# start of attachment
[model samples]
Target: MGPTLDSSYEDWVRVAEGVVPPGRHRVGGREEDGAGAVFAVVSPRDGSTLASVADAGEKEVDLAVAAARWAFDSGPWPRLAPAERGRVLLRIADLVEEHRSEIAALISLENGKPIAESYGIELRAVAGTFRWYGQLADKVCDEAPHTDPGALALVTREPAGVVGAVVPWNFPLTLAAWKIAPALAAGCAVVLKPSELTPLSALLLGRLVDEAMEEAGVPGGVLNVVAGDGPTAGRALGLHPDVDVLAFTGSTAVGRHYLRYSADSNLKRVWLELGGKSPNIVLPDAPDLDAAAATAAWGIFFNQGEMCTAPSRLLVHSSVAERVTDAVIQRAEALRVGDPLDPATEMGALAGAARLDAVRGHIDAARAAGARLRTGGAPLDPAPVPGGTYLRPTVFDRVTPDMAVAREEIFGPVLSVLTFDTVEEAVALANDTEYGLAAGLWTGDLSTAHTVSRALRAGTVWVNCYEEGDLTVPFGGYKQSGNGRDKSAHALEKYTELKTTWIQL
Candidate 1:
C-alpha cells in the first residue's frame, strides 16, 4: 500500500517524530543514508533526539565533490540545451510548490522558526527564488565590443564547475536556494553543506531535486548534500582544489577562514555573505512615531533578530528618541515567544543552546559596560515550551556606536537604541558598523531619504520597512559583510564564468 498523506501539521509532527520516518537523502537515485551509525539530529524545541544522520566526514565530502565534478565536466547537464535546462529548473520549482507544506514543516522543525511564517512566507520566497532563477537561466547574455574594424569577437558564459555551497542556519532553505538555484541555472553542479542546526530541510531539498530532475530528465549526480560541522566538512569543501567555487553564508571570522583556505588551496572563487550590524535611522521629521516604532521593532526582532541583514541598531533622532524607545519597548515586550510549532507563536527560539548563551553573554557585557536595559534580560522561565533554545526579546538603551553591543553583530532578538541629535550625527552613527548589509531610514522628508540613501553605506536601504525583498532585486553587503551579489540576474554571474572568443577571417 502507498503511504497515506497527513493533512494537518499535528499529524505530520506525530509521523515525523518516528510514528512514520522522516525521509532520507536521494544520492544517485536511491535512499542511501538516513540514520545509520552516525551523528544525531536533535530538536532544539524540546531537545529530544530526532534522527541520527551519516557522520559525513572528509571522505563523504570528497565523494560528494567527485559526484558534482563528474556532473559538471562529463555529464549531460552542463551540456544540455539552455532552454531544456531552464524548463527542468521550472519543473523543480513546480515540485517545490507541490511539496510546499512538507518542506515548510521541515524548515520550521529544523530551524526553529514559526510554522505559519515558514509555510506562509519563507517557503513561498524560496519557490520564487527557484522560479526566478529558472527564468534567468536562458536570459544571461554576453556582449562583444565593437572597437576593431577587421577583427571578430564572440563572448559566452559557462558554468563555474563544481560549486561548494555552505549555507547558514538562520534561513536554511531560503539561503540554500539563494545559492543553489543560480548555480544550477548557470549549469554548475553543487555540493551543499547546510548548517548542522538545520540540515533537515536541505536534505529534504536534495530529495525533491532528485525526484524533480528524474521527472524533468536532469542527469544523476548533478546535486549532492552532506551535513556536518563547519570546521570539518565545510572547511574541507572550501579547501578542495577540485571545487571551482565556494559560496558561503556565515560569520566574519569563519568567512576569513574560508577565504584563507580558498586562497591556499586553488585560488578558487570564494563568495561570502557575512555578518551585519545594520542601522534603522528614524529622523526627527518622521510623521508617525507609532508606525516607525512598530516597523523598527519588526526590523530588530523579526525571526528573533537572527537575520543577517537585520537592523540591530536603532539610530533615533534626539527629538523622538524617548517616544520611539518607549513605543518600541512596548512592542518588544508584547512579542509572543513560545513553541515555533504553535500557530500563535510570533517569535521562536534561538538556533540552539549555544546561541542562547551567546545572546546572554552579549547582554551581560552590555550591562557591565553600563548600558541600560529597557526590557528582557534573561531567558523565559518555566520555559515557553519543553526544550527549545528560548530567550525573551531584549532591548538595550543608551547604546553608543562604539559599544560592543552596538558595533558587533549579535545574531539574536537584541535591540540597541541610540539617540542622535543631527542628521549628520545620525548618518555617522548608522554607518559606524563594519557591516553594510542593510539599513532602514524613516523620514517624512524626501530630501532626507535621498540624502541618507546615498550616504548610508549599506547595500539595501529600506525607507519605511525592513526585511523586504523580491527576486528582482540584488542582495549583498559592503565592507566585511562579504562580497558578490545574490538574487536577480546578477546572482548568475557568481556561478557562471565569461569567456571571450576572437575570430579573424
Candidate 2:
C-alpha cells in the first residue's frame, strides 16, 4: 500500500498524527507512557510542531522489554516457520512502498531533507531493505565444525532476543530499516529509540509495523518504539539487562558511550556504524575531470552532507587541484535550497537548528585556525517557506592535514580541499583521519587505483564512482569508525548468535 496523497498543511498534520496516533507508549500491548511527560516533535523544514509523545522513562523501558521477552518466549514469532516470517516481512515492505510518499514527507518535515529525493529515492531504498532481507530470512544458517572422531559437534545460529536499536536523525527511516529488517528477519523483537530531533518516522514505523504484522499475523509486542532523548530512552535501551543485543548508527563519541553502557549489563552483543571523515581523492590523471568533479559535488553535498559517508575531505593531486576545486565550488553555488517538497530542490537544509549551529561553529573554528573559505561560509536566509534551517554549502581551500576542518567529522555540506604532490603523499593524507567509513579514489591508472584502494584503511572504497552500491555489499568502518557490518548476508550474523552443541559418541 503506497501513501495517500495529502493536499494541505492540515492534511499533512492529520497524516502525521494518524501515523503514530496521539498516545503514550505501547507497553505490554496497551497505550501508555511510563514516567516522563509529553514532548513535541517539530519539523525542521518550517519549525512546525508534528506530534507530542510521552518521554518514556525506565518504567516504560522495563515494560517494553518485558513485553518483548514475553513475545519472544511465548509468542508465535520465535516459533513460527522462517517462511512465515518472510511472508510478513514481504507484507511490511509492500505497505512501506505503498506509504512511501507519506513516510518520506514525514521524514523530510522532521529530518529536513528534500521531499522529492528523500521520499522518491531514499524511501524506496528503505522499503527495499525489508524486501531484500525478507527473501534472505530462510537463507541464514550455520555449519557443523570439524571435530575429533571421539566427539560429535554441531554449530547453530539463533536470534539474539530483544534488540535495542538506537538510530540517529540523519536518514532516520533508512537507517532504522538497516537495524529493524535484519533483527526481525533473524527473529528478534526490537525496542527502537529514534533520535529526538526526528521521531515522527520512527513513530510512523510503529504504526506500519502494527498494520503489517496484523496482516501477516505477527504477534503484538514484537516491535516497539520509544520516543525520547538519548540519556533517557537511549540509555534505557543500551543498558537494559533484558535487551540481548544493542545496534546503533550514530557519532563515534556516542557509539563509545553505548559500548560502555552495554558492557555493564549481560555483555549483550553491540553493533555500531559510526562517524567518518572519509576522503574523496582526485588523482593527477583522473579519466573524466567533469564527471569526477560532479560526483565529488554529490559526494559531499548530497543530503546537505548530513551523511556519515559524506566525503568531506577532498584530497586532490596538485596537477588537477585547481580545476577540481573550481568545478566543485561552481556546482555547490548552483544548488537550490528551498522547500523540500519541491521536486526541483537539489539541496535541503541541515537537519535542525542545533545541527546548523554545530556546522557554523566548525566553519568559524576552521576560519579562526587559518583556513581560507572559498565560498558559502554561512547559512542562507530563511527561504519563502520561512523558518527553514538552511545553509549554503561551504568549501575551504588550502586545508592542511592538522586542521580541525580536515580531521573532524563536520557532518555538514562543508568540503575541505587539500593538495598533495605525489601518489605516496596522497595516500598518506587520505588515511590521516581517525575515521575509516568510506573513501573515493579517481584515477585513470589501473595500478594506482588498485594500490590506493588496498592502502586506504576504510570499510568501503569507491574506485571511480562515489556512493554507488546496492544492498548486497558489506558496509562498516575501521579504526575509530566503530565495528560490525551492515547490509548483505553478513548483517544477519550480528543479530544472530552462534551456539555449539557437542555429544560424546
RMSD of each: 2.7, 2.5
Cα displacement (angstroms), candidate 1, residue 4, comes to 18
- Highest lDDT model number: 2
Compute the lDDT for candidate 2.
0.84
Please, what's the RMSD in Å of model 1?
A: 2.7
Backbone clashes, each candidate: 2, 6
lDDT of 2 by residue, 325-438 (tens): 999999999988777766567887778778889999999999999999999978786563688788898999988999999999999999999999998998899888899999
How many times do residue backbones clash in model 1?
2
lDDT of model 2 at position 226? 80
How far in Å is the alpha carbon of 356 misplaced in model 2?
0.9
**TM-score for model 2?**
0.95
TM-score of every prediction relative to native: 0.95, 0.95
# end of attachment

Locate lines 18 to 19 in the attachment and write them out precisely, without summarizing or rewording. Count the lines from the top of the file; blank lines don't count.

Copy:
lDDT of model 2 at position 226? 80
How far in Å is the alpha carbon of 356 misplaced in model 2?